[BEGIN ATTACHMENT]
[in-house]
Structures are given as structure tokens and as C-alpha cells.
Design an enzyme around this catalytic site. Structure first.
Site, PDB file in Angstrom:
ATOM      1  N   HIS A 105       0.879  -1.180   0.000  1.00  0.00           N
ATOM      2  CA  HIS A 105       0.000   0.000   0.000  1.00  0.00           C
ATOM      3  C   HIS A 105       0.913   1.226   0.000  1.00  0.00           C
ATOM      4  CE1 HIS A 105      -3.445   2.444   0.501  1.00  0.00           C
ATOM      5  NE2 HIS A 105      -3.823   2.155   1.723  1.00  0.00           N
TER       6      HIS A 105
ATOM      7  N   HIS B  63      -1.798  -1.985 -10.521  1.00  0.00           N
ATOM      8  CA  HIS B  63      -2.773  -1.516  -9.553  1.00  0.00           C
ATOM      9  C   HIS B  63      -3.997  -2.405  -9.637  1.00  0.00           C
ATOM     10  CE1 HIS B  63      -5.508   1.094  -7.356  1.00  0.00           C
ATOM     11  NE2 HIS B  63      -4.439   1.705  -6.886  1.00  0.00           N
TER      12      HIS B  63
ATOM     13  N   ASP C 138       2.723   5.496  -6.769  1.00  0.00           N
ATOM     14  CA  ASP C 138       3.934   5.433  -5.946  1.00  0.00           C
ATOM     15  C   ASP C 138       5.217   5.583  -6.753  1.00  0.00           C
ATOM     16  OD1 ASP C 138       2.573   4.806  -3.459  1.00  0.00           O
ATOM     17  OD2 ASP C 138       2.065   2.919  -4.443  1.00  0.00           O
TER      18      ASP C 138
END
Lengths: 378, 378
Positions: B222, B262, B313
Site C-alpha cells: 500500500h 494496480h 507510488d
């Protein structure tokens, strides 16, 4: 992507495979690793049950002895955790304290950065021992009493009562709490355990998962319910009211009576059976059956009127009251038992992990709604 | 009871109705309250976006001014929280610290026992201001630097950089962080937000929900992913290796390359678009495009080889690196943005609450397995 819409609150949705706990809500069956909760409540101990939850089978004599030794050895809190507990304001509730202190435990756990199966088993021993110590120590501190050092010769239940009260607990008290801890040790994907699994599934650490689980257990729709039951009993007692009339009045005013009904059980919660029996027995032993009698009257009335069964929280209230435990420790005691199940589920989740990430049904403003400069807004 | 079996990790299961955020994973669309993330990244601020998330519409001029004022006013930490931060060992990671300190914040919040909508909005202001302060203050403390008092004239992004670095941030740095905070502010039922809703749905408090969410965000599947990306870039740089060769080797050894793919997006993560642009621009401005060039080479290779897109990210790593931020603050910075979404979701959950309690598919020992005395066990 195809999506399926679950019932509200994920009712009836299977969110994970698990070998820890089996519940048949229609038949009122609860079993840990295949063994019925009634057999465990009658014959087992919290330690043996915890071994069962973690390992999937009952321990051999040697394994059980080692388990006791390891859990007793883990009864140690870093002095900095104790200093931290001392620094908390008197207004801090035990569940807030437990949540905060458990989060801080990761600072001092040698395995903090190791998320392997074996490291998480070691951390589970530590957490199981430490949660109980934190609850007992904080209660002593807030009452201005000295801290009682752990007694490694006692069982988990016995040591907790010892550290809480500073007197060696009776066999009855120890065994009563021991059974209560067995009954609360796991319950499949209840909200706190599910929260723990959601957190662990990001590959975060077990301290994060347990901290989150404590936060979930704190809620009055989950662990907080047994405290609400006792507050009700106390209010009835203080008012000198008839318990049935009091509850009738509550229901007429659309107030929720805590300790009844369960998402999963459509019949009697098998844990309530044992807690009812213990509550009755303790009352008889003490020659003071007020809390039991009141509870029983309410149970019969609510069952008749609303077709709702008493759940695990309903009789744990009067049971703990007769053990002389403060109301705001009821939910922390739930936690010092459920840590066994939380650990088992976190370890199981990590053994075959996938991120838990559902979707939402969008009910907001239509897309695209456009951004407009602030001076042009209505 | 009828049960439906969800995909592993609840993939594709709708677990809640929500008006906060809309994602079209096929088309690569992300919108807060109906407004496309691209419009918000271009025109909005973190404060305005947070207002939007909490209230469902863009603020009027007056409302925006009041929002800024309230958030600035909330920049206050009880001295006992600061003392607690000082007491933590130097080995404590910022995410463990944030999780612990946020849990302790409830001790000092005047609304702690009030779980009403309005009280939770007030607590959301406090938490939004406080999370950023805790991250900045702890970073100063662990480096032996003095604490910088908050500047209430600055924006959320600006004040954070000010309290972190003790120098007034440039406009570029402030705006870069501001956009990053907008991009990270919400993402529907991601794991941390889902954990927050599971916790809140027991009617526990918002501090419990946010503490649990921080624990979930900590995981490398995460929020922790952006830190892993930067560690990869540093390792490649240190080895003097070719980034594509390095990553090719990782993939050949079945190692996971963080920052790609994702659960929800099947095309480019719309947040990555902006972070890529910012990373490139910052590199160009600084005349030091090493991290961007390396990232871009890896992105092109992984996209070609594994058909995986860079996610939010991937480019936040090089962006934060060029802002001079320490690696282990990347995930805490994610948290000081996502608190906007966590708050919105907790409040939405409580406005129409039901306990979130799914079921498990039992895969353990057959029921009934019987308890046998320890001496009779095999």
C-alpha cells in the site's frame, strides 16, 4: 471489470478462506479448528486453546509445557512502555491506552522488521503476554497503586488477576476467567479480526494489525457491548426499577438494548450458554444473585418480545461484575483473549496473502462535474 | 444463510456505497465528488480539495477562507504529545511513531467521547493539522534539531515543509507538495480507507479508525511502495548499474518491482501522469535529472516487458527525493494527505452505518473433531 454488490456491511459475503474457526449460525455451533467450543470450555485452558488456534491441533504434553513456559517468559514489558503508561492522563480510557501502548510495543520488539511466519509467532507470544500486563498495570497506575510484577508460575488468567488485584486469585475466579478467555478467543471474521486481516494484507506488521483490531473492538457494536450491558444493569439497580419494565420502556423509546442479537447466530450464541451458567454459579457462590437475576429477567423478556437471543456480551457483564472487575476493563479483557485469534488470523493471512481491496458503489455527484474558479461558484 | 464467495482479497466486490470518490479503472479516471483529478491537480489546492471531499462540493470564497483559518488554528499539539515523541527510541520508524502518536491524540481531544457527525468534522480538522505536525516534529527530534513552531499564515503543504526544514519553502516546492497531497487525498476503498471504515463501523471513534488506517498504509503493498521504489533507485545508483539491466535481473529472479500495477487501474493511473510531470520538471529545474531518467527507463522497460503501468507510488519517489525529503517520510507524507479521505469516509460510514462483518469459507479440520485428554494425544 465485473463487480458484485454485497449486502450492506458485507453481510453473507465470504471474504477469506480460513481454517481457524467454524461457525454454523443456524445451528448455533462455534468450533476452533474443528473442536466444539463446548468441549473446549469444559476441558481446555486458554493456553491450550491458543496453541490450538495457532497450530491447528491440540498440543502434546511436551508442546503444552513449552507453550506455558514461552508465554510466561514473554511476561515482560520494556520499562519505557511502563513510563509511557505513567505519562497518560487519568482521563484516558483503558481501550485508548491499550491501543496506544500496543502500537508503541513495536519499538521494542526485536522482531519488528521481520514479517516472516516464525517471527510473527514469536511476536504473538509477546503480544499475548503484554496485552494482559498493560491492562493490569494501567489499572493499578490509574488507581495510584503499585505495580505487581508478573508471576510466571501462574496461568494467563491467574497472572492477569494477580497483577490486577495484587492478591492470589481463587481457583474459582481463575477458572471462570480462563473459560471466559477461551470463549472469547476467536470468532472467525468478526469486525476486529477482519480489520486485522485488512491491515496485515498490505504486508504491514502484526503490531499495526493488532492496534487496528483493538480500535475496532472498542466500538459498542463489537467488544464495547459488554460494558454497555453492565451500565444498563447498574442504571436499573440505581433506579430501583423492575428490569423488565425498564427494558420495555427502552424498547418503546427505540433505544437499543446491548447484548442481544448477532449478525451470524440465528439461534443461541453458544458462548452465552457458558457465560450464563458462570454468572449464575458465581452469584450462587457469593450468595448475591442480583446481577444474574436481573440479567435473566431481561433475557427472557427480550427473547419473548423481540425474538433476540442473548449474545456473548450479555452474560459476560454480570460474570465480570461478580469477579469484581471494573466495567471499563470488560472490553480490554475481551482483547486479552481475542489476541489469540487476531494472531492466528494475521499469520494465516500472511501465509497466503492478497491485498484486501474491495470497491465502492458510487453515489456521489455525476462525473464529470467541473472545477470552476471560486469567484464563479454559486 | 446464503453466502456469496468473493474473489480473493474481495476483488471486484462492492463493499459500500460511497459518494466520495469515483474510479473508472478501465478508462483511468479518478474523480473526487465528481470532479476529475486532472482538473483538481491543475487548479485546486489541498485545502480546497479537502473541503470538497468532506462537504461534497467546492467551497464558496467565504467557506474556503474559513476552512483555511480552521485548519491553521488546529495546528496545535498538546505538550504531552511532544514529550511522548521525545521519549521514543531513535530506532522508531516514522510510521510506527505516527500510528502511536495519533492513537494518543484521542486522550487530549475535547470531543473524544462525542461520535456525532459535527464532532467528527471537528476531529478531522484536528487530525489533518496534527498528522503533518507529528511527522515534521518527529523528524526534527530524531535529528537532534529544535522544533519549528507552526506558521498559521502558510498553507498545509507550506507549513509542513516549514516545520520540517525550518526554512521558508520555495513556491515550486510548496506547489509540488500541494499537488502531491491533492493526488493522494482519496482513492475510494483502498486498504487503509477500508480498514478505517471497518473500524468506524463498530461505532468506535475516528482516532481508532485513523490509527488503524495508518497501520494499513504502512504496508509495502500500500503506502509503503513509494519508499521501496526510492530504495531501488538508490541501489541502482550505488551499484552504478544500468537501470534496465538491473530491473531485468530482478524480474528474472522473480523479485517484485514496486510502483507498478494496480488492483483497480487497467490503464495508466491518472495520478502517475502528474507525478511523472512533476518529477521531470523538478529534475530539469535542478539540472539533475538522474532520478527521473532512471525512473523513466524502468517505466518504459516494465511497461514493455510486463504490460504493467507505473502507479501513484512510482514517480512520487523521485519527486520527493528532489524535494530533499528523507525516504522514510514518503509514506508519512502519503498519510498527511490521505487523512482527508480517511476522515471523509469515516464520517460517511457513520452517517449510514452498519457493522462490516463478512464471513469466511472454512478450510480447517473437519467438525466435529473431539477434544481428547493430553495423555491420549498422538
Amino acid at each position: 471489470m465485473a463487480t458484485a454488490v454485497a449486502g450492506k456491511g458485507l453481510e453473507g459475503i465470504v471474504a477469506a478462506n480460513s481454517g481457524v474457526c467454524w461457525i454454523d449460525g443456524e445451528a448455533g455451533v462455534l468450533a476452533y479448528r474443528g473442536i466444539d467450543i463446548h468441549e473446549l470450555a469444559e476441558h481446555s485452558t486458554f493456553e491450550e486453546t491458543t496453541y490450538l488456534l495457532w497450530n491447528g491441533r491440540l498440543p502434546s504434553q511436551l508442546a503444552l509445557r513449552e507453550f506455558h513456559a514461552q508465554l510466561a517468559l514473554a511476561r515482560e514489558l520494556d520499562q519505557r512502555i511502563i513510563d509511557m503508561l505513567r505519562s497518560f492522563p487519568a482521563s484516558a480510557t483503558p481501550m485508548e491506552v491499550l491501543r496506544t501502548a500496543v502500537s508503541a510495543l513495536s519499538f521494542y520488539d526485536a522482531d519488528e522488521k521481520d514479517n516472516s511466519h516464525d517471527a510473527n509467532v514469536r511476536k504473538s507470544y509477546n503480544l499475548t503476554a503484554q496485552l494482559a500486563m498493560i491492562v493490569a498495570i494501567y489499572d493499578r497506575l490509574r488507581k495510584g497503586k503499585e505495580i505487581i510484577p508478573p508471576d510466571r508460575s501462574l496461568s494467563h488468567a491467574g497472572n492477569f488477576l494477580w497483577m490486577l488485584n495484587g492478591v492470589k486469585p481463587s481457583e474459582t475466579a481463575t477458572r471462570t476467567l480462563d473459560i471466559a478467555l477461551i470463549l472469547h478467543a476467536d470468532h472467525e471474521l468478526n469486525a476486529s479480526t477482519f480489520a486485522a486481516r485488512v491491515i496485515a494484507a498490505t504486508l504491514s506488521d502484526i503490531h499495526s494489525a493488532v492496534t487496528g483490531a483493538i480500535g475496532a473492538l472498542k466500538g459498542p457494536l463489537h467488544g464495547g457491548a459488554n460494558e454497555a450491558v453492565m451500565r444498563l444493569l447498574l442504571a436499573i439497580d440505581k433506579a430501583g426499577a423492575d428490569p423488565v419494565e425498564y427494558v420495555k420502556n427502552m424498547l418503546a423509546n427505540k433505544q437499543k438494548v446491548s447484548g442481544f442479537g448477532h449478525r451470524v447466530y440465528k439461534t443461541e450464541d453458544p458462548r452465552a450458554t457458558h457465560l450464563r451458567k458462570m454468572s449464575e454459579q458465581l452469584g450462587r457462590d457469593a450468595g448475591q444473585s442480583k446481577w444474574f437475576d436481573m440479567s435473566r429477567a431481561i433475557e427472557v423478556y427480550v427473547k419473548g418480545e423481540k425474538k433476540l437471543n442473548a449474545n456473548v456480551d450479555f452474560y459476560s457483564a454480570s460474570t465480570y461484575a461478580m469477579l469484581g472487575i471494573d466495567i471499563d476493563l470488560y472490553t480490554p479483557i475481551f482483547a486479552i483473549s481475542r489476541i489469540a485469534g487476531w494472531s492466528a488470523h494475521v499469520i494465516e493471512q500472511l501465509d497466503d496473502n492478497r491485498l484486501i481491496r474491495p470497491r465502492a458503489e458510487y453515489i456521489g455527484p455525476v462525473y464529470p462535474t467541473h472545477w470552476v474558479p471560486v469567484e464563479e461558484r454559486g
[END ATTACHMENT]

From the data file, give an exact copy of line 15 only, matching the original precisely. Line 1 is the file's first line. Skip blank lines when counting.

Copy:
ATOM     11  NE2 HIS B  63      -4.439   1.705  -6.886  1.00  0.00           N